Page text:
'you don't invade a country on completely phony pretexts'

‘you don’t invade a country on completely phony pretexts’

The American press portrays Putin as being the bad guy and the aggressor in the Ukraine crisis.Western media describes the situation in the Autonomous Republic of Crimea as if a full-scale Russian invasion were under way, with headlines like: “Ukraine says Russia sent 16,000 troops to Crimea and “Ukraine crisis deepens as Russia sends more troops into Crimea,” as well as “What can Obama do about Russia’s invasion of Crimea?”

It seems the media have chosen to simply ignore the fact that those Russian troops have been stationed in Crimea for over a decade.

Putin is certainly no saint. A former KGB agent, Putin’s net worth is estimated at some $40 billion dollars … as he has squeezed money out of the Russian economy by treating the country as his own personal fiefdom. And all sides appear to have dirt on their hands in the Russia-Ukraine crisis.

But we can only see the bigger picture if we take a step back and gain a little understanding of the history underlying the current tensions.

Indeed, the fact that the U.S. has allegedly paid billions of dollars to anti-Russian forces in Ukraine – and even purportedly picked the Ukrainian president – has to be seen in context.

Veteran New York Times reporter Steven Kinzer notes at the Boston Globe:

From the moment the Soviet Union collapsed in 1991, the United States has relentlessly pursued a strategy of encircling Russia, just as it has with other perceived enemies like China and Iran. [Background here, here and here.] It has brought 12 countries in central Europe, all of them formerly allied with Moscow, into the NATO alliance. US military power is now directly on Russia’s borders. “I think it is the beginning of a new cold war,” warned George Kennan, the renowned diplomat and Russia-watcher, as NATO began expanding eastward. “I think the Russians will gradually react quite adversely, and it will affect their policies.”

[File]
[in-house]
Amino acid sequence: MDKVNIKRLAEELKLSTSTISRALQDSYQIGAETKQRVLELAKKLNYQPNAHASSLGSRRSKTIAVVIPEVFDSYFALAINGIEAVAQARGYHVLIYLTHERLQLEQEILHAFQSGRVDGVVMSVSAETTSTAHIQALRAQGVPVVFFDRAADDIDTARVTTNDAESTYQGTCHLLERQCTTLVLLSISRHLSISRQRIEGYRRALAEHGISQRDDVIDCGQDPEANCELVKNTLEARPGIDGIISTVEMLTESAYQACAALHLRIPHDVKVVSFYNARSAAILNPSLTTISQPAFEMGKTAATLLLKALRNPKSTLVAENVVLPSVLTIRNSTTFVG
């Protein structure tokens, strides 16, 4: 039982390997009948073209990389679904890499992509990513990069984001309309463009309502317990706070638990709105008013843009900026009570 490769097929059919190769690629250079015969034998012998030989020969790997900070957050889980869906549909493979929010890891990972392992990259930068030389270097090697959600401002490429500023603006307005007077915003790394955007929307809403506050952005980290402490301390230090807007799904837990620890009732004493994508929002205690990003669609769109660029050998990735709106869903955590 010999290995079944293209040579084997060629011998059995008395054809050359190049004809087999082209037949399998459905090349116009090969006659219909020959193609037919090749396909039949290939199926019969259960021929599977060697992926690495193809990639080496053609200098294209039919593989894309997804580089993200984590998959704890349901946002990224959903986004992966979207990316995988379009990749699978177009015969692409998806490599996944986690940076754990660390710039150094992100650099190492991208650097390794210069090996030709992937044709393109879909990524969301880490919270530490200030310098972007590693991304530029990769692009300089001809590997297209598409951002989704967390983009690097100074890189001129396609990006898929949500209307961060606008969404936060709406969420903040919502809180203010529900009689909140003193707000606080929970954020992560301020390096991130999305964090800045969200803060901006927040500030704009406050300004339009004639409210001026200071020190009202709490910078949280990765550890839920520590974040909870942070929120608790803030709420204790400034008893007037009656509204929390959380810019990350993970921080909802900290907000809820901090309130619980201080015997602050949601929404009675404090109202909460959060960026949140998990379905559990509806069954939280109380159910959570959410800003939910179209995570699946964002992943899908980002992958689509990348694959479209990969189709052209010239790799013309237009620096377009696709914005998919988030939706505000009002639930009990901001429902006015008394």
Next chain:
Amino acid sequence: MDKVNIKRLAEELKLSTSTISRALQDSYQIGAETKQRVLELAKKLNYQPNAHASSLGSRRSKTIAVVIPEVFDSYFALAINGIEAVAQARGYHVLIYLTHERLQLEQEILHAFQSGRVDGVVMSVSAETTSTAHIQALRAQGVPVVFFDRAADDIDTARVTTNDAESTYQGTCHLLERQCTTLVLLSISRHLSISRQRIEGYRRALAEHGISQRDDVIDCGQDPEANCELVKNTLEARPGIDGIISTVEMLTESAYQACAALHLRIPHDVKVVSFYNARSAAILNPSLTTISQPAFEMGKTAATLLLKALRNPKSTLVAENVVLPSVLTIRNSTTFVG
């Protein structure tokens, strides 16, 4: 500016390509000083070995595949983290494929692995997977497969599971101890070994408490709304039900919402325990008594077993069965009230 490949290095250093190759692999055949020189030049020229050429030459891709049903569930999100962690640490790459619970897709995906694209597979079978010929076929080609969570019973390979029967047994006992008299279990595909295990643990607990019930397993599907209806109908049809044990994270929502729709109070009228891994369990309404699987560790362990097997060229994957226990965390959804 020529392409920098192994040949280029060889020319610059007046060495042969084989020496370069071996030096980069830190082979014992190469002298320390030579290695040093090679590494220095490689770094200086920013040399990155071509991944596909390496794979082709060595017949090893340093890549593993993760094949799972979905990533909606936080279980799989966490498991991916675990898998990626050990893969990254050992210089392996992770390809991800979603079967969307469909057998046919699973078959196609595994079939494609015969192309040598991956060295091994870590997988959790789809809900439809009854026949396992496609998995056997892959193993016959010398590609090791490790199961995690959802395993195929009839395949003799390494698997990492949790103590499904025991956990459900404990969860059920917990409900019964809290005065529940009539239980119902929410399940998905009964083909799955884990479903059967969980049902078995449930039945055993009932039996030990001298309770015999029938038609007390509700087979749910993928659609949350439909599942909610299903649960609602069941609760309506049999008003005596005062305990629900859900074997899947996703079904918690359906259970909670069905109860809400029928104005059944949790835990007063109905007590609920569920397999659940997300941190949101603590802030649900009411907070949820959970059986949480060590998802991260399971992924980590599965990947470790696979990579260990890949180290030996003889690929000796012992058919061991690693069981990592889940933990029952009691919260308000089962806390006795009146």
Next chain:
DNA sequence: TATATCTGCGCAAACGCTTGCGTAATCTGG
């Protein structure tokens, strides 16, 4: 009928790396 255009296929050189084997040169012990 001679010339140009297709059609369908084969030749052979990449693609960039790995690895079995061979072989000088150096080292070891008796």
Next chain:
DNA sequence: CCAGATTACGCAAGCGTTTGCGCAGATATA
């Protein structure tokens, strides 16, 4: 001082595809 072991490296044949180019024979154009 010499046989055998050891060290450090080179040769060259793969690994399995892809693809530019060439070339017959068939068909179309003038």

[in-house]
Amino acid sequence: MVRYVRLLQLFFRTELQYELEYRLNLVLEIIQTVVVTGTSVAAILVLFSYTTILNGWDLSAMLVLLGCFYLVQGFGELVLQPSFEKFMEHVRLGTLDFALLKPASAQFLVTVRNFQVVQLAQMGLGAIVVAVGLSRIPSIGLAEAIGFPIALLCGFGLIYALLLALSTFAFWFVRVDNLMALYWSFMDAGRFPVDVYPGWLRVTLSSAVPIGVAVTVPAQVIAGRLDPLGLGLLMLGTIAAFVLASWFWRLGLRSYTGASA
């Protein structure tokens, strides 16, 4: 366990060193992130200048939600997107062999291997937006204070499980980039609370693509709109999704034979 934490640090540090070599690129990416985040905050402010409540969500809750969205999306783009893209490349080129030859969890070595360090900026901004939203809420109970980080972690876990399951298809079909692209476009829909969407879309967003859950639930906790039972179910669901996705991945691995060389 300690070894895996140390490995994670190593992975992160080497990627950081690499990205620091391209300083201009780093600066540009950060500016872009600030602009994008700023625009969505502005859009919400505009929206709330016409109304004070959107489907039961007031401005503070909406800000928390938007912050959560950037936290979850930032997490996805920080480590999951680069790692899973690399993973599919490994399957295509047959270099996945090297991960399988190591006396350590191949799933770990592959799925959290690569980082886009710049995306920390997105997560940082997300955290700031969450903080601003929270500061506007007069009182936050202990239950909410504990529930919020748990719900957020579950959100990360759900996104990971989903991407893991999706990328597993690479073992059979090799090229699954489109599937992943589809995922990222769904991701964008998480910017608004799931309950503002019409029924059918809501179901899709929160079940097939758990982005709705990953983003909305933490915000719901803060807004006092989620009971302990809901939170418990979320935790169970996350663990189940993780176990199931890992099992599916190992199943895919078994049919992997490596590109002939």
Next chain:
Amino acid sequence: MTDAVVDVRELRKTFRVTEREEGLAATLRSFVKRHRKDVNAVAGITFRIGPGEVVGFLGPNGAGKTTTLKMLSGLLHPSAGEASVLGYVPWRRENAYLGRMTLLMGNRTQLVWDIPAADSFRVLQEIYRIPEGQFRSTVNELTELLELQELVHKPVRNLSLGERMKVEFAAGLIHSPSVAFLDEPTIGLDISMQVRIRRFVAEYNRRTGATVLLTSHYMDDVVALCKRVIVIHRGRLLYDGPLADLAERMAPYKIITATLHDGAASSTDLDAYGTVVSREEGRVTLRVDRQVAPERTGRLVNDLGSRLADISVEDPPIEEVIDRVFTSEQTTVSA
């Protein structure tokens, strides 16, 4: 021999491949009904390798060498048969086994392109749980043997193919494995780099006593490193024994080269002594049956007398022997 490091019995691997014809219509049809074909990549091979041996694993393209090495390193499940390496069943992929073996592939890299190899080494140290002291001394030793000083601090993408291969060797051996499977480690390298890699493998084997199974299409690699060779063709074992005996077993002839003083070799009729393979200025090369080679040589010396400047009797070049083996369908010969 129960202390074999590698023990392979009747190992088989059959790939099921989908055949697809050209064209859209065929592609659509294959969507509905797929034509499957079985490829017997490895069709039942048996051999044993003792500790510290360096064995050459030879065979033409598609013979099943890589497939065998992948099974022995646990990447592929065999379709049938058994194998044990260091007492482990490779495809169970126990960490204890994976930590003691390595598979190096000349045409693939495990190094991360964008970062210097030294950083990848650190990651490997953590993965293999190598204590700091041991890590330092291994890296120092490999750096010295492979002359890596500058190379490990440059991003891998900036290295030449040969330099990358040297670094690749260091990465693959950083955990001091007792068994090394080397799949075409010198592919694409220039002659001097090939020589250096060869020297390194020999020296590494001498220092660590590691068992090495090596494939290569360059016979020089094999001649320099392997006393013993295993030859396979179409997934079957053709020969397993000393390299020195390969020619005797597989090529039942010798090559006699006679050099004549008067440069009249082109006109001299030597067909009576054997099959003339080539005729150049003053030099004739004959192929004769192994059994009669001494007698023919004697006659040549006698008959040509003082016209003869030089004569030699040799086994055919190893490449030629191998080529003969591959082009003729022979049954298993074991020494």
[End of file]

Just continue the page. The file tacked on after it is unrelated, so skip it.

Stephen Cohen – professor emeritus at New York University and Princeton University who has long focused on Russia – explained this weekend on CNN:

We are witnessing as we talk the making possibly of the worst history of our lifetime. We are watching the descending of a new cold war divide between west and east, only this time, it is not in far away Berlin, it’s right on Russia’s borders through the historical civilization in Ukraine. It’s a crisis of historic magnitude. If you ask how we got in it, how we got into the crisis, and how therefore do we get out, it is time to stop asking why Putin – why Putin is doing this or that, but ask about the American policy, and the European Union policy that led to this moment. ***

I don’t know if you your listeners or views remember George Kennan. He was considered [a] great strategic thinker about Russia among American diplomats but he warned when we expanded NATO [under Bill Clinton], that this was the most fateful mistake of American foreign policy and that it would lead to a new Cold War. George lived to his hundreds, died a few years ago, but his truth goes marching on. The decision to move NATO beginning in the 90’s continuing under Bush and continuing under Obama, is right now on Russia’s borders. And if you want to know for sure, and I have spent a lot of time in Moscow, if you want to know what the Russian power elite thinks Ukraine is about, it is about bringing it into NATO. One last point, that so-called economic partnership that Yanukovych, the elected president of Ukraine did not sign, and that set off the streets – the protests in the streets in November, which led to this violence in and confrontation today, that so-called economic agreement included military clauses which said that Ukraine by signing this so called civilization agreement had to abide by NATO military policy. This is what this is about from the Russian point of view, the ongoing western march towards post Soviet Russia.

Jonathan Steele writes at the Guardian